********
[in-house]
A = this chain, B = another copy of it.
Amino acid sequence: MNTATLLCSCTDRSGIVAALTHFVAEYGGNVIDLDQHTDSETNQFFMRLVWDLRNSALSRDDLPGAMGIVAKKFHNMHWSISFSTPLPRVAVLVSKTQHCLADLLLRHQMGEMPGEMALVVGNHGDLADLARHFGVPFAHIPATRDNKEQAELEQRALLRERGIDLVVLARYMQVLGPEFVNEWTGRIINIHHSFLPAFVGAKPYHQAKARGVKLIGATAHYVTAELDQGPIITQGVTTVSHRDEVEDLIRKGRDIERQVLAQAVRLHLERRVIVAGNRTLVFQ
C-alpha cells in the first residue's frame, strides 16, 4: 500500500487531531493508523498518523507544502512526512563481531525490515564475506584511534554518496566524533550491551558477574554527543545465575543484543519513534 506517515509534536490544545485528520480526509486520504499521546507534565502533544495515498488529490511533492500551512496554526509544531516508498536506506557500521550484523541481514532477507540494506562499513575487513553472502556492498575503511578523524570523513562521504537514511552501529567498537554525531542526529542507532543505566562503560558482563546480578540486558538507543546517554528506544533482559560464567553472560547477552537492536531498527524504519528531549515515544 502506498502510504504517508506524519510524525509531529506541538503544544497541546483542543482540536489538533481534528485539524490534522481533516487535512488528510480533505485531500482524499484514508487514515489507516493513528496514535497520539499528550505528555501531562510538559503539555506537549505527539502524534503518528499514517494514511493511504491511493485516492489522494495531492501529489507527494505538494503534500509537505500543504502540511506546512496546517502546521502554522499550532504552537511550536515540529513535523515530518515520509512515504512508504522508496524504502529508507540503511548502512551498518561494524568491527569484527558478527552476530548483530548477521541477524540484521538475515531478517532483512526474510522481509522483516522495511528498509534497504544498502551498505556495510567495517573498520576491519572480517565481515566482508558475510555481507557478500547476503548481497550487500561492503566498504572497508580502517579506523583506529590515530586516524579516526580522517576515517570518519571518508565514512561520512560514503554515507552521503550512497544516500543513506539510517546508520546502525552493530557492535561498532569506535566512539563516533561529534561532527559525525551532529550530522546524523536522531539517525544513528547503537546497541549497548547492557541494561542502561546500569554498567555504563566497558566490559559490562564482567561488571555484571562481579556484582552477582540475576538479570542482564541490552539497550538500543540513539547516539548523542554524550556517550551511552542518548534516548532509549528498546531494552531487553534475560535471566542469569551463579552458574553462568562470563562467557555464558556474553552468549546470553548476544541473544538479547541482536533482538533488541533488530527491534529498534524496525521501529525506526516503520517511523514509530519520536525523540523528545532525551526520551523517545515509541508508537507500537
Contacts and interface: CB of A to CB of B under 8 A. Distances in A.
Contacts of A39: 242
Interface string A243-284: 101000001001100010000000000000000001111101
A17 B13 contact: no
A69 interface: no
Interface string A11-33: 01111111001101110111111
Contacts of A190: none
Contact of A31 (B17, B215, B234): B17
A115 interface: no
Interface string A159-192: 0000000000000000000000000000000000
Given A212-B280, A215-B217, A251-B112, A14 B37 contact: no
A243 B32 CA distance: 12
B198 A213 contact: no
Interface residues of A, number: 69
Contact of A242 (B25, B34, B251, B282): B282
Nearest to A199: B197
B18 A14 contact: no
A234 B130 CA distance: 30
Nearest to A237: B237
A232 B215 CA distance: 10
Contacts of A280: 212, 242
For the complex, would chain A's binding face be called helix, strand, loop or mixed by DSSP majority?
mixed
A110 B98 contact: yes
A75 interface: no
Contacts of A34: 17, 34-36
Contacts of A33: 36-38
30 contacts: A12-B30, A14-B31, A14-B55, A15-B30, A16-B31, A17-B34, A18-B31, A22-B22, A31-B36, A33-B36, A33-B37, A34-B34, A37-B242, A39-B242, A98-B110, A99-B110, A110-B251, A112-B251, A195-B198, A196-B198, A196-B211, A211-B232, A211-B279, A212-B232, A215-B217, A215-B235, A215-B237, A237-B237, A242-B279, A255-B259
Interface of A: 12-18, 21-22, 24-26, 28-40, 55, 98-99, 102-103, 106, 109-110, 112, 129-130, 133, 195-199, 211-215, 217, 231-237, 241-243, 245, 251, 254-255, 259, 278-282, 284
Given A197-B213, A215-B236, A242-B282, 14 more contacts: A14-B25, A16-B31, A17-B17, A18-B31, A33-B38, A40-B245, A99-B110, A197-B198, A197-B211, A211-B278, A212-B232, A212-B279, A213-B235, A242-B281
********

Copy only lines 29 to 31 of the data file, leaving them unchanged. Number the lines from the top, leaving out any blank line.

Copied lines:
A75 interface: no
Contacts of A34: 17, 34-36
Contacts of A33: 36-38